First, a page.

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Music Review: Plastilina Mosh - 'All You Need Is Mosh'

About.com Rating 4 Star Rating


Plastilina Mosh - All You Need Is Mosh

Plastilina Mosh - All You Need Is Mosh

Courtesy Nacional

The Bottom Line

Mexican Plastilina Mosh's new studio album All You Need Is Mosh is an eclectic, catchy set of tracks that displays an original, humorous world view set to music that varies between a fusion of multiple styles, including rock, rap, punk, and funk. The songs are infectious, the lyrics contemporary and funny, the band tight. Plastilina Mosh fans will welcome the new album; other will find it tough not to catch themselves humming, bopping and dancing to these unexpected songs.

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  • A party of an album, especially "My Party," which makes you wish you made the guest list.


  • None


  • 12 tracks of rock, pop, punk, funk fusion
  • Self-produced by Russo and Gonzalez
  • Released August 2008 by Nacional Records

Guide Review - Music Review: Plastilina Mosh - 'All You Need Is Mosh'

Mexican electro-rock band Plastilina Mosh founders Jonaz Gonzalez and Alejandro Rosso are an unlikely duo. They’re ‘unlikely’ because when they got together in 1996, Gonzalez was into thrash-metal, while Rosso was a classically trained pianist who liked to listen to jazz and classical music. But their combined resources ultimately seem to work, since their debut album, Aquamosh, received critical acclaim and 2003’s Hola Chicuelos was nominated for a Latin Grammy.

Now they’re back with All You Need Is Mosh, their first studio album in five years. They’ve added Eddie Gonzalez on drums/vocals, Natalia Slipak on drums and Milton Pacheco on bass for a fuller sound, and they’ve self-produced the album so there was no ‘big brother’ record label telling them what went on the album.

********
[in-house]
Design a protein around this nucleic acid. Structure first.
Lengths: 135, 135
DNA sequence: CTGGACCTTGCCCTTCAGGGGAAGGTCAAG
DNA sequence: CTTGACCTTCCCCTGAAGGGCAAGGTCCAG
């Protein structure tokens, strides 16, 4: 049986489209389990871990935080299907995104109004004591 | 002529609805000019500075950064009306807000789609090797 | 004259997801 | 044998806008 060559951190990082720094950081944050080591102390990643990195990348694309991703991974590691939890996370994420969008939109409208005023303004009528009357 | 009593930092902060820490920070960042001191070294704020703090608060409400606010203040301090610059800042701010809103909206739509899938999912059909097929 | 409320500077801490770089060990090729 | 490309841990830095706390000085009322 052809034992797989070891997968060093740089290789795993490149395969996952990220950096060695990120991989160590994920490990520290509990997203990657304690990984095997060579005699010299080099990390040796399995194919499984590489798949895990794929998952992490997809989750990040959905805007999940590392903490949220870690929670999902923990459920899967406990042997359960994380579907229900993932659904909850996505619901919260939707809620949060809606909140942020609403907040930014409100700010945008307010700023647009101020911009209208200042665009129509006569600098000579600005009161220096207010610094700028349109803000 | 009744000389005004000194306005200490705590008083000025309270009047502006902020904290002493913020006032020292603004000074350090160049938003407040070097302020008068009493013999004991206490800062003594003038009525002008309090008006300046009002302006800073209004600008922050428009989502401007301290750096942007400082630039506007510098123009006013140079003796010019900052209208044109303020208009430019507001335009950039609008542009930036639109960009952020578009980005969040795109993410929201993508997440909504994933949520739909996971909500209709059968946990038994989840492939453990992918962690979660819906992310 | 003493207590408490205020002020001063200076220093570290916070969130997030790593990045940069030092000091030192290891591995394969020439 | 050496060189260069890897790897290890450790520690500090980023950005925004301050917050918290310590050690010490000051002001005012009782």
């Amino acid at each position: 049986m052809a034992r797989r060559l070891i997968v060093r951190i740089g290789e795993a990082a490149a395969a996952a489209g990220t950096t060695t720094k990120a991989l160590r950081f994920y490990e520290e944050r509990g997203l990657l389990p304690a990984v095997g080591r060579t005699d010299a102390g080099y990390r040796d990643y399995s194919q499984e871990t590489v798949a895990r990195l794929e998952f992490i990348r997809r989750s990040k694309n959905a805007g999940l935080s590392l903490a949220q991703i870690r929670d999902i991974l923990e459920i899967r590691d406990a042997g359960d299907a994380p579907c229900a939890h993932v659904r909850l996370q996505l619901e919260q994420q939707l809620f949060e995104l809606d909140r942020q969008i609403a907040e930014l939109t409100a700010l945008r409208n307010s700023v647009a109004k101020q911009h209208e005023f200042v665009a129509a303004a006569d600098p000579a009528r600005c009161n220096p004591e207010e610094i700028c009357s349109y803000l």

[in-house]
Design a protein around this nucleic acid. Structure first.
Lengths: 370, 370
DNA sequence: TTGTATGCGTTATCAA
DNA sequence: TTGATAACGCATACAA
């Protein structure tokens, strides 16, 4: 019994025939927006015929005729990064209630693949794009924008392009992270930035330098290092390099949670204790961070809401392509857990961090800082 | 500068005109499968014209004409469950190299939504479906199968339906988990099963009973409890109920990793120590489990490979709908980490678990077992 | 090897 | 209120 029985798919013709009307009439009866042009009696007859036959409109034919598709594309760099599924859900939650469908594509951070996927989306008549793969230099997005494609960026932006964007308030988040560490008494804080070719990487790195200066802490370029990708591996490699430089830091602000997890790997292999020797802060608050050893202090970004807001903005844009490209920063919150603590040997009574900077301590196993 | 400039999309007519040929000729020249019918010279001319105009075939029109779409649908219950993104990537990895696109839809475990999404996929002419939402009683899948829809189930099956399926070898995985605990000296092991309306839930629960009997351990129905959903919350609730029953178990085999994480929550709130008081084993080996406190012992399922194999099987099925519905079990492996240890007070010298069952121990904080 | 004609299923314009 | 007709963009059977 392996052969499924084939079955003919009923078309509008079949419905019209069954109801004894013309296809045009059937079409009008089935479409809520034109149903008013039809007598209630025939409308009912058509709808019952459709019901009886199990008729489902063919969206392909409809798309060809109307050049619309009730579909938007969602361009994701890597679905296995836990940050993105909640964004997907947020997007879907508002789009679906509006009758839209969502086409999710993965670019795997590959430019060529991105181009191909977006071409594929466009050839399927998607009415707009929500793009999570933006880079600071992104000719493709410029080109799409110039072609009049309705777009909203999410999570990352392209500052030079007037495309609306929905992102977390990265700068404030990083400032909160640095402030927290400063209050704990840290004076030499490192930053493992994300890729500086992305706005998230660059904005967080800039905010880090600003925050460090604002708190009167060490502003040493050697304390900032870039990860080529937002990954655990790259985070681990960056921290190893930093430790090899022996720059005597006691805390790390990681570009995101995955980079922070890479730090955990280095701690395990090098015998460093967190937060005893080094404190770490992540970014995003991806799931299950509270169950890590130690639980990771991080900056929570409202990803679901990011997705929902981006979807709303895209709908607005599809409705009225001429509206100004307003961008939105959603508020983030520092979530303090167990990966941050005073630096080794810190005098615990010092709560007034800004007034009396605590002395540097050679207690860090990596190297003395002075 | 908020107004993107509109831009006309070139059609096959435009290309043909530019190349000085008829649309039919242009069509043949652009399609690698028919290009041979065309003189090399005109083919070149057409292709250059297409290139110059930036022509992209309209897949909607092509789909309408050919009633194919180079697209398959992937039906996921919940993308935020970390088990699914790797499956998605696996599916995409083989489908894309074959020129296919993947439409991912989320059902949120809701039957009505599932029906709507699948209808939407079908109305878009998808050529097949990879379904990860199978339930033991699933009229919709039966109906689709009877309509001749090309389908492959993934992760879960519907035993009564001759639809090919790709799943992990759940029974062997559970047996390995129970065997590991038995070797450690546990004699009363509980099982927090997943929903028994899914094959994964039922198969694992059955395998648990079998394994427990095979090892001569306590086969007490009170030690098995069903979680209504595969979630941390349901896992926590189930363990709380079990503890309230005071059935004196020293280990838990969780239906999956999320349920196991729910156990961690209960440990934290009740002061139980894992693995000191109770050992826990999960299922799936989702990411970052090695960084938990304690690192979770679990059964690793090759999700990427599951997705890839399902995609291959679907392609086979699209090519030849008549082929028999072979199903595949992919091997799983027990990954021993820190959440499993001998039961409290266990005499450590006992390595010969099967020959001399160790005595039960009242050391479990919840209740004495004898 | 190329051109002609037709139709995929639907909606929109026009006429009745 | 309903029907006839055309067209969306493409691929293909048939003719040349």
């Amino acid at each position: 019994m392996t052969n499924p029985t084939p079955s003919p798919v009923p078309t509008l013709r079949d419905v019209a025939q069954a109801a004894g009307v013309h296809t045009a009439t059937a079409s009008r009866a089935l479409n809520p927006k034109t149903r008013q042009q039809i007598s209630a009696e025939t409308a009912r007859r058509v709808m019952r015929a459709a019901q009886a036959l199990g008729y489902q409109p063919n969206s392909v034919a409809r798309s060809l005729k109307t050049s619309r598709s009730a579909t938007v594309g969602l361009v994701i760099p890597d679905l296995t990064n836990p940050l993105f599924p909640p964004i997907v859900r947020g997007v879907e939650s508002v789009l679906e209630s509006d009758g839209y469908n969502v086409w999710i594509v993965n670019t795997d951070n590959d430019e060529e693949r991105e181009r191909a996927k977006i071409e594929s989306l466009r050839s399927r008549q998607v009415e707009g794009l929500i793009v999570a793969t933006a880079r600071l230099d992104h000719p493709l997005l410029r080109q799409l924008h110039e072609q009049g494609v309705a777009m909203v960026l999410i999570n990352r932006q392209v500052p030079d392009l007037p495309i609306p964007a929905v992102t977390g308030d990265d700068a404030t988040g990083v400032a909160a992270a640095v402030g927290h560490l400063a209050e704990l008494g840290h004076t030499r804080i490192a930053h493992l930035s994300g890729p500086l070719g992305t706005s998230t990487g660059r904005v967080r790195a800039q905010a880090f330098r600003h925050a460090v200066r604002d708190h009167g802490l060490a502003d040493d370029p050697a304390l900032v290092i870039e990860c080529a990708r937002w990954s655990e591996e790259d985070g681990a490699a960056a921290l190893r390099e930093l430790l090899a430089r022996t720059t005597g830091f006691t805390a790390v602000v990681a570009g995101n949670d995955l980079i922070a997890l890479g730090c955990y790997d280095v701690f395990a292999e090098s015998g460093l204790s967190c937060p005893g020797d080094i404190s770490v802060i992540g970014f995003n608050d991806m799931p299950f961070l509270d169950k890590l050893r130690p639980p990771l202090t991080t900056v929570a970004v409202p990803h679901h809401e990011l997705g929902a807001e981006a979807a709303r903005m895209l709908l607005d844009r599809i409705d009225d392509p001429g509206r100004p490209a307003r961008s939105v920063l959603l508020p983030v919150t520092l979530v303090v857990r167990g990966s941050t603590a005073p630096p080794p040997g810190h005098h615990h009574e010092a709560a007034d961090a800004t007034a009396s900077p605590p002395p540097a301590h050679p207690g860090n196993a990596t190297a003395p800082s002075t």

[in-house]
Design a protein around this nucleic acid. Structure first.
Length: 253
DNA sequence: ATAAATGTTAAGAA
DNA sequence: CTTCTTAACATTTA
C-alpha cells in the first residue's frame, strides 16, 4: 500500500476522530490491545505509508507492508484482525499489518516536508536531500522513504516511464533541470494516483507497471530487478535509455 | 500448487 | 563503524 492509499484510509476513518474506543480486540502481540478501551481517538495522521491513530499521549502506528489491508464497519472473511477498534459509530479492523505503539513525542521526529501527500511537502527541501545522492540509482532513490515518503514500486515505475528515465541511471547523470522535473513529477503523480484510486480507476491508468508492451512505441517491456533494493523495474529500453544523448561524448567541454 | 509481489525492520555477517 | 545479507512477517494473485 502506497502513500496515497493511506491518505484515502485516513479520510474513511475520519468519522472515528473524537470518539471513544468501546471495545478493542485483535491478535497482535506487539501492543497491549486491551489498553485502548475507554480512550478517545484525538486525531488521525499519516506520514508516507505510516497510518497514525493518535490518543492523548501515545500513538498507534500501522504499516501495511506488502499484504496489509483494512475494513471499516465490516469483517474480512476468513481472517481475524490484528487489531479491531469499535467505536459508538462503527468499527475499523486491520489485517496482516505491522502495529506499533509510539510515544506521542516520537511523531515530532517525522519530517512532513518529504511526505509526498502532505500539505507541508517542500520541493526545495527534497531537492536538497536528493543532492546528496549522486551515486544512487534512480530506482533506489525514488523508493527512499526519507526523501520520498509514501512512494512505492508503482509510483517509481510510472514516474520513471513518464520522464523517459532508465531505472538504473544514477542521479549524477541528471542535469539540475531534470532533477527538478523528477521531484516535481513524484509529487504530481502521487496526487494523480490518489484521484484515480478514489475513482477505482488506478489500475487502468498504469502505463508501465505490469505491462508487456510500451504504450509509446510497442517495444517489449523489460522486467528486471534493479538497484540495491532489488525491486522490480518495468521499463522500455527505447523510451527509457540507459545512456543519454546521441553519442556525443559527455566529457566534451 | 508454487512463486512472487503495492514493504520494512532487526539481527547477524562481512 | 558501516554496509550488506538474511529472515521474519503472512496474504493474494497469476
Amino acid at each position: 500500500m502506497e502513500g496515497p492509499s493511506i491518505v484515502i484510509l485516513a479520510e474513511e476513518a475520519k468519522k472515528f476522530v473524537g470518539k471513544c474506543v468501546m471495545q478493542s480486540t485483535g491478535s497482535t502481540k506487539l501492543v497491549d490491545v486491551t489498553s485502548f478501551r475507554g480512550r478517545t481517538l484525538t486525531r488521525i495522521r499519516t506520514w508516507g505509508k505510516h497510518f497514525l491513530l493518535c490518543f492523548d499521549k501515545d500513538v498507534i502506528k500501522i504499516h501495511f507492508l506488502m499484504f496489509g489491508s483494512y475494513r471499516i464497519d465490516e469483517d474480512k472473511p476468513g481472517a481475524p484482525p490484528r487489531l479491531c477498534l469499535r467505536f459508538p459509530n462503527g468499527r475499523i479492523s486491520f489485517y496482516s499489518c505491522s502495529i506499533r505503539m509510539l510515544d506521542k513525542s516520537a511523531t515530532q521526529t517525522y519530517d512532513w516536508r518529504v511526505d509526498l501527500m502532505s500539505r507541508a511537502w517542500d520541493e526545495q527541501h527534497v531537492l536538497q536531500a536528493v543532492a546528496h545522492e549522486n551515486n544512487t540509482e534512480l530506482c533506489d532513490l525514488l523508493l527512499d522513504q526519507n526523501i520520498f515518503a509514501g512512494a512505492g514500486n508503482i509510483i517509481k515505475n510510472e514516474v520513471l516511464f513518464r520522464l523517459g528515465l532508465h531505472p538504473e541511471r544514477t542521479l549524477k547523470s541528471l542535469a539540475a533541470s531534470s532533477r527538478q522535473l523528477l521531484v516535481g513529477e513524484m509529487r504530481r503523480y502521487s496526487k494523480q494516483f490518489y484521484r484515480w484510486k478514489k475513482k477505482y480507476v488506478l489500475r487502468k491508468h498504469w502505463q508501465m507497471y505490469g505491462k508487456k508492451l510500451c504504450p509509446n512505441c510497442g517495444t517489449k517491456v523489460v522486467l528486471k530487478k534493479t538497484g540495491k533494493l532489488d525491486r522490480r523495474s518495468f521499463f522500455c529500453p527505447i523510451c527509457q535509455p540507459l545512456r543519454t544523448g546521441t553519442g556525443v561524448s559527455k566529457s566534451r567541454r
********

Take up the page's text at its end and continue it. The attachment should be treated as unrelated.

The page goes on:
So what went on the album?

The album opener “Toll Free” is a sparse, drum-heavy number with catchy lyrics. “Cut The Crap” is a metal number that proclaims “No Lies” and “If you want to lay down with me, just cut the crap.” “Going To Mars Boulton” is a track of danceable electronic, while “San Diego Chargers” mimics the pace of a football match with battery-like drums providing the cadence to the minimal instrumental guitar/electronic melody line.

My favorite track on the album is “My Party,” a funky number that goes through the party’s guest list (Paris Hilton, George Bush, Richard Simmons, Vanilla Ice, Marc & J-Lo) and is so infectious it made me wish I were invited to that party, too.

This is an album with a sense of humor that doesn’t seem to take itself too seriously, but is seriously entertaining.

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